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Curiosity begins its two-year search for extraterrestrial life

NASA’s Mars Science Laboratory rover successfully touched down on Mars at 10:32 Pacific time on August 5. This car-sized science lab, named Curiosity, will now begin a two-year mission exploring the planet’s surface, searching for signs of past and present life.

Curiosity landed beautifully at its scheduled destination in Gale Crater after slowing from an incredible entry velocity of 13,000 mph to 2 mph in just seven minutes. Time explains why Gale Crater was selected for the rover’s landing site:

Gale Crater is a hole next to a mountain, and as we’ve all known since the day we first stepped into a puddle, both water and water-driven sediment tend to gather in holes. There will surely be no water around today, but the chemical evidence of it—and perhaps even of the biology it may once have supported—should remain.

Shortly after landing, Curiosity beamed its first low-resolution, black and white photos of Mars from the rover’s HazCams back to Earth. Higher-quality color photos could arrive as early as August 8 or 9, if all goes well with the rover’s instruments.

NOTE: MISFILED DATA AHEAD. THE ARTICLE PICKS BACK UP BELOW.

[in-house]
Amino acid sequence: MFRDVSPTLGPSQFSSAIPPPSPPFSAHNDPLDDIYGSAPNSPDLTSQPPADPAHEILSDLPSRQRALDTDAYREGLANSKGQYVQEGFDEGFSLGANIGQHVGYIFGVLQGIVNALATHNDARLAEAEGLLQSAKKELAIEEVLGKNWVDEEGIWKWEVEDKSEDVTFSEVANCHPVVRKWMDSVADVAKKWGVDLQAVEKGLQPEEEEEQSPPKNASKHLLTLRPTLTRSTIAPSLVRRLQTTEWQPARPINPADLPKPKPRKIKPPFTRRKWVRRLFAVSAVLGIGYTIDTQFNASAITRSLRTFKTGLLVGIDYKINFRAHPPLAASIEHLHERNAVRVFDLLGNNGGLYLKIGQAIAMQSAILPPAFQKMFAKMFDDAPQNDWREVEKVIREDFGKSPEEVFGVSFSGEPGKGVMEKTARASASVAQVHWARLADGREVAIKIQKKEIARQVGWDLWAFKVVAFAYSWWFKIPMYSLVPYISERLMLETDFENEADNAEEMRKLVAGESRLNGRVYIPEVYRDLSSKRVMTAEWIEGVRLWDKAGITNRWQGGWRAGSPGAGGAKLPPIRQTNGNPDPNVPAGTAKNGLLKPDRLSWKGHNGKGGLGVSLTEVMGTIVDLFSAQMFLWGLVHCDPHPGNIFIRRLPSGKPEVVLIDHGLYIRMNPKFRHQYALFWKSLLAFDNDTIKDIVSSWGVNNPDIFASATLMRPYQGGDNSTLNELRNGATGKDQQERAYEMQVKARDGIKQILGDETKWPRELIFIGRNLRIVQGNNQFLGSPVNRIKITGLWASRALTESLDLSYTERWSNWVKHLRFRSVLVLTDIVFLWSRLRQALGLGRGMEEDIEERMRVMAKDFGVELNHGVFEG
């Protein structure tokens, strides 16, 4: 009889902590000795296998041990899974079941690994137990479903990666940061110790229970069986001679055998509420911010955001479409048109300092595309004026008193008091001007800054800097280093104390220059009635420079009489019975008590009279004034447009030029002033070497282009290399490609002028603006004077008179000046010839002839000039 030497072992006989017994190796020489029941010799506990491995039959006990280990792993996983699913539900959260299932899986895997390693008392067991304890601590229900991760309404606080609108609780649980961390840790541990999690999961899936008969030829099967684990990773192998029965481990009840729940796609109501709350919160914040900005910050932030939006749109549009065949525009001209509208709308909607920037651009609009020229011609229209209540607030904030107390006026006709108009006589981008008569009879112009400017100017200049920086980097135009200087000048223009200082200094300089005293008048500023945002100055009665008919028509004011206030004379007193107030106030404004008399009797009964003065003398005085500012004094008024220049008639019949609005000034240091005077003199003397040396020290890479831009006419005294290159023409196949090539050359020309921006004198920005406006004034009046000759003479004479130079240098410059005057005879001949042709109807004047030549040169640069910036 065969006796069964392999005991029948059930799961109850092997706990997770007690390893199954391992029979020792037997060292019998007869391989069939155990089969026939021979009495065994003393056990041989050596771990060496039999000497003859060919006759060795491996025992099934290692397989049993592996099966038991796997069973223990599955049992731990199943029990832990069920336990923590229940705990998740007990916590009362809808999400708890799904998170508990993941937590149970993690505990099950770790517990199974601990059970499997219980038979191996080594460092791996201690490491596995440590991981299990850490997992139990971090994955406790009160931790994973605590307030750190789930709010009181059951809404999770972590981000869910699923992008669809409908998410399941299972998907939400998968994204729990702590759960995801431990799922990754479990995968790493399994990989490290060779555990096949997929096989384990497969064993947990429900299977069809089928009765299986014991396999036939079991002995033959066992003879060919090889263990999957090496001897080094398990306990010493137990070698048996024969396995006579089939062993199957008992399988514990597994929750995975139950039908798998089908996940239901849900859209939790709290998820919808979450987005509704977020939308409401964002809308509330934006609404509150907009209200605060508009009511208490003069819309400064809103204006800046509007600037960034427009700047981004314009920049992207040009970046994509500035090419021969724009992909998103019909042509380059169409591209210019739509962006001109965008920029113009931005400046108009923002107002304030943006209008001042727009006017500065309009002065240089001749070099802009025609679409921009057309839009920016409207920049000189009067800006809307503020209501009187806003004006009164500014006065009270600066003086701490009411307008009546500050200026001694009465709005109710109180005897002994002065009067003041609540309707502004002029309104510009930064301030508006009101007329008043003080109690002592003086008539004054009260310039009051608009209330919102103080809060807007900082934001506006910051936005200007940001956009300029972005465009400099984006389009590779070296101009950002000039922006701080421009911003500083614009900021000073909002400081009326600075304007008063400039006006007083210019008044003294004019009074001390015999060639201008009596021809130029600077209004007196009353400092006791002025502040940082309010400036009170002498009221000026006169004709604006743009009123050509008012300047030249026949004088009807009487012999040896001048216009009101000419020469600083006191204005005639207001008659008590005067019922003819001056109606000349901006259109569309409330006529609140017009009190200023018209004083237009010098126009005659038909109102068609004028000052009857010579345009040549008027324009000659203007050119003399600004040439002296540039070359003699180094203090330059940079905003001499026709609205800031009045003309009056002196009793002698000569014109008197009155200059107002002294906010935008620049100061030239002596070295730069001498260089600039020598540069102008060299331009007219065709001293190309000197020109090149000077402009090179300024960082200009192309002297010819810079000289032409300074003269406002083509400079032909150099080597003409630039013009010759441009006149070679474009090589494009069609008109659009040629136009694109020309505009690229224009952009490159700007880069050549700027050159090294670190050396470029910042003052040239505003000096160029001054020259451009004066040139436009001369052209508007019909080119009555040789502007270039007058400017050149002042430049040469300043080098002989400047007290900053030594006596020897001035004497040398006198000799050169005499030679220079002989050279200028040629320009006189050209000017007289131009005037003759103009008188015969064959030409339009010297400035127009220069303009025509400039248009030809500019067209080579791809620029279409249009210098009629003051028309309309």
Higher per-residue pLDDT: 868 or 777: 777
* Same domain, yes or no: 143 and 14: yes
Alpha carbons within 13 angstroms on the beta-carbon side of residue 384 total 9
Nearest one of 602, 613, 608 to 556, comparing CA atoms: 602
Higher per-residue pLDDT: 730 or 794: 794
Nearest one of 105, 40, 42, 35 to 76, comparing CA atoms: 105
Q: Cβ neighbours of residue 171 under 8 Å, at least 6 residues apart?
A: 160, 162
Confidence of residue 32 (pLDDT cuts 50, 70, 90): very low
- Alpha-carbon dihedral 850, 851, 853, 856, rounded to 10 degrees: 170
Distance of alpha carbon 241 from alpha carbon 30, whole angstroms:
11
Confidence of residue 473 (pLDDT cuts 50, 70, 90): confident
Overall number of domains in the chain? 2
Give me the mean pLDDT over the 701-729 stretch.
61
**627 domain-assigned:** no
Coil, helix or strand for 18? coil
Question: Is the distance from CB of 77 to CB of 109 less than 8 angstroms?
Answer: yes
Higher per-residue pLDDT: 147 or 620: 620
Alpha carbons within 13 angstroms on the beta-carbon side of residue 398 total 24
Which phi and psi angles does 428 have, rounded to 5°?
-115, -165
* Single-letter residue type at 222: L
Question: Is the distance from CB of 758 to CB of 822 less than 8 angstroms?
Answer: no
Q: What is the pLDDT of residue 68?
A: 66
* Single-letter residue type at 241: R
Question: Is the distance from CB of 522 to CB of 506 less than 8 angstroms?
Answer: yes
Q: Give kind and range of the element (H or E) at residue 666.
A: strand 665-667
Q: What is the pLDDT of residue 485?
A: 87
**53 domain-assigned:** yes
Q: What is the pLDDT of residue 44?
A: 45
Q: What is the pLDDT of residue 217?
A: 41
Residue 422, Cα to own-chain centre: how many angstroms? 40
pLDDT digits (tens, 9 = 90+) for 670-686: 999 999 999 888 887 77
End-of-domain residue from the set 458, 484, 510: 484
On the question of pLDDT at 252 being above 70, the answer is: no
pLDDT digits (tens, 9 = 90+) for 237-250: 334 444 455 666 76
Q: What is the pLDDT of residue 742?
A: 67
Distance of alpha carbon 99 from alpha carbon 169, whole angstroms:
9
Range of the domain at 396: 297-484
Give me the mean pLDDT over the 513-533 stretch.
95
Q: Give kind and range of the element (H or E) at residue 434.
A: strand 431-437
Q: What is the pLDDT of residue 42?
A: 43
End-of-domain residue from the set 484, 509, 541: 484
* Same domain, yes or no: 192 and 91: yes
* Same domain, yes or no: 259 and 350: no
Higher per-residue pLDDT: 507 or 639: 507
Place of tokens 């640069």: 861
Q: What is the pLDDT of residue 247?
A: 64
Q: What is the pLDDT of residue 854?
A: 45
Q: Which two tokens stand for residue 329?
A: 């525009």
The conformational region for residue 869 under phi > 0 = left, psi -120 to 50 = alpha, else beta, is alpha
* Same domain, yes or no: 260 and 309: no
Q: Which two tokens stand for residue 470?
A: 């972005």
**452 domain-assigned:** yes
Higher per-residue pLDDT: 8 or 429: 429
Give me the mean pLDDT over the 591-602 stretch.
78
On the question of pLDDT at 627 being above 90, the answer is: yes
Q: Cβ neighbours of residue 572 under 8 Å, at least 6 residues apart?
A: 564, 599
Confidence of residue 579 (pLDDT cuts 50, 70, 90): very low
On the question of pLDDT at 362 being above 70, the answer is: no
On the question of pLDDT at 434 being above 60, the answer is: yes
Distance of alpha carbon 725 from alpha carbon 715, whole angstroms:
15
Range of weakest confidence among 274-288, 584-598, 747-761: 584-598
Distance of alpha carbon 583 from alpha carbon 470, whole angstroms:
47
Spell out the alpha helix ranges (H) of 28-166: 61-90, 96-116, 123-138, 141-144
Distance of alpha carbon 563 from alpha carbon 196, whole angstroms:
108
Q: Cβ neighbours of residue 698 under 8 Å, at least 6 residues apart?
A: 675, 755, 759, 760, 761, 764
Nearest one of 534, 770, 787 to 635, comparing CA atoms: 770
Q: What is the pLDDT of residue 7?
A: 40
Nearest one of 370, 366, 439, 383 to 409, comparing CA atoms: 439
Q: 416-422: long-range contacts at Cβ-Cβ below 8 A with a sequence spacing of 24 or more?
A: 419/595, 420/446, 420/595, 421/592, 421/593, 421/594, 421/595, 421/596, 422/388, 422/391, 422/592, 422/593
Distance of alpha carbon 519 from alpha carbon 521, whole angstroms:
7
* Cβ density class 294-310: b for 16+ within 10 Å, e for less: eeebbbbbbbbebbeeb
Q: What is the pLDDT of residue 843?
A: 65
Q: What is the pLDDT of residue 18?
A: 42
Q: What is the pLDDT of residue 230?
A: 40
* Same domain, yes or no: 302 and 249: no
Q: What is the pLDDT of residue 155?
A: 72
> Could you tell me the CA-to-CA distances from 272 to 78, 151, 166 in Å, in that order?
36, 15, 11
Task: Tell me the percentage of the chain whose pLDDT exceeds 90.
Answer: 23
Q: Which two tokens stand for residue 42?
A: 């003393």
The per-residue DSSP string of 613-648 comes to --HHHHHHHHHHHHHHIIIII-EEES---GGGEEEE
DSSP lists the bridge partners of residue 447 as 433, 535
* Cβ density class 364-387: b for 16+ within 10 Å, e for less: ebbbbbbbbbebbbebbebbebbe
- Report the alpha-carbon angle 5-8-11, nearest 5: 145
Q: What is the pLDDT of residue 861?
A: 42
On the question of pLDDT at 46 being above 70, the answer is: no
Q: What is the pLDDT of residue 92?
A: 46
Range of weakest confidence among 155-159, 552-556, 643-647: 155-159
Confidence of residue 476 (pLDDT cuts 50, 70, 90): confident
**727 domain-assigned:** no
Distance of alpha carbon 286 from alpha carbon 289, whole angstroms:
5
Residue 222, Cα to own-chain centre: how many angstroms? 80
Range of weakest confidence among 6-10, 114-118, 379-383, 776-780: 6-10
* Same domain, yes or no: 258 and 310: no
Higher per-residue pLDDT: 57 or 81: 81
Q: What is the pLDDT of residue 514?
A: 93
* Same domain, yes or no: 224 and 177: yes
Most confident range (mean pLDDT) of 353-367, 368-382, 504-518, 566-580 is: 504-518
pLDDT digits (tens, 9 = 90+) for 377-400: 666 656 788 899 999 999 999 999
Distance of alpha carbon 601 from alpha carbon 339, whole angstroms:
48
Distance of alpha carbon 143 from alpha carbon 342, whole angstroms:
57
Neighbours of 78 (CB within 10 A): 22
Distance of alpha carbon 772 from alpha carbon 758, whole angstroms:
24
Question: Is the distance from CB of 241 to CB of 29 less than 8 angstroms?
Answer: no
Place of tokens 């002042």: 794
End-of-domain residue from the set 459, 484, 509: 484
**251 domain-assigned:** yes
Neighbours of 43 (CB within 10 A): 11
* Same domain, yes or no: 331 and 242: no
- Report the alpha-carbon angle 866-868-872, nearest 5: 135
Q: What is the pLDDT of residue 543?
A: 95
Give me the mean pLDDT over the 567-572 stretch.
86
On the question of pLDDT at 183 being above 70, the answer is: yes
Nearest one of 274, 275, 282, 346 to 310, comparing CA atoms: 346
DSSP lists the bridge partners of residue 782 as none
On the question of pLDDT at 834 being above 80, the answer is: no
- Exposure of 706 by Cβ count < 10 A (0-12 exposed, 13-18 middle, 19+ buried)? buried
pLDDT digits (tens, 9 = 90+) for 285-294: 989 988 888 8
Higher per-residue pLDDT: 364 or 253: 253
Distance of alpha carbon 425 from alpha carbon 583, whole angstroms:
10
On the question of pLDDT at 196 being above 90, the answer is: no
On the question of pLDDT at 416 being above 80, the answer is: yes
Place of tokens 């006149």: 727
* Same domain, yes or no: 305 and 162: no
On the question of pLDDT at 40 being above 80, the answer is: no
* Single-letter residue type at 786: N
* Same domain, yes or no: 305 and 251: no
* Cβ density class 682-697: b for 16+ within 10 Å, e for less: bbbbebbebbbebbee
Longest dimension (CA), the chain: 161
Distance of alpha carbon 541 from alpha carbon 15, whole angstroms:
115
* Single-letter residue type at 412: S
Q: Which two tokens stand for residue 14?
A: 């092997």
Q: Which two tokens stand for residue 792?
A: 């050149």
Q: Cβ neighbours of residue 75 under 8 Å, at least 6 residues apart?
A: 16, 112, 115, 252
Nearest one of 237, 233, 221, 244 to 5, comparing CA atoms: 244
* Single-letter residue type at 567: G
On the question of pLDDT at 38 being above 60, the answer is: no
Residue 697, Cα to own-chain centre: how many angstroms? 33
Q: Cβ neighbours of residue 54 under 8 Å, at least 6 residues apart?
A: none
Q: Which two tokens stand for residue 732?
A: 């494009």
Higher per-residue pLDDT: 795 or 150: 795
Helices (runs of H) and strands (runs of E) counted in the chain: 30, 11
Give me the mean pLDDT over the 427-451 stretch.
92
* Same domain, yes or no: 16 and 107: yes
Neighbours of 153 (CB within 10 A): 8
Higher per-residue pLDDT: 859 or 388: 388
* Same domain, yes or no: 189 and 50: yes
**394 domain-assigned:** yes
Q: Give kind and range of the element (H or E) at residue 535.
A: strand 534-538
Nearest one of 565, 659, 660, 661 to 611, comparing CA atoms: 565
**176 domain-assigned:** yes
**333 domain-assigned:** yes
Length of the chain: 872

Curiosity’s first two HazCam images. (NASA/JPL/Jason Major)

Watch this video to see the incredible series of events that performed perfectly to deliver Curiosity safely on the planet’s surface:

Raw images from Curiosity are available on NASA’s website.

Jason McClellan

Jason McClellan is a UFO journalist and the producer/co-host of the web series Spacing Out! He is also the web content manager and staff writer for OpenMinds.tv, and a co-organizer and technical producer of the International UFO Congress. As a founding member of Open Minds, Jason served as a writer and editor for the now defunct Open Minds magazine. He has appeared on Syfy, NatGeo, and, most recently, he co-starred on H2's Hangar 1: The UFO Files. ------ Follow Jason on Twitter @acecentric and subscribe to Jason's updates on Facebook.

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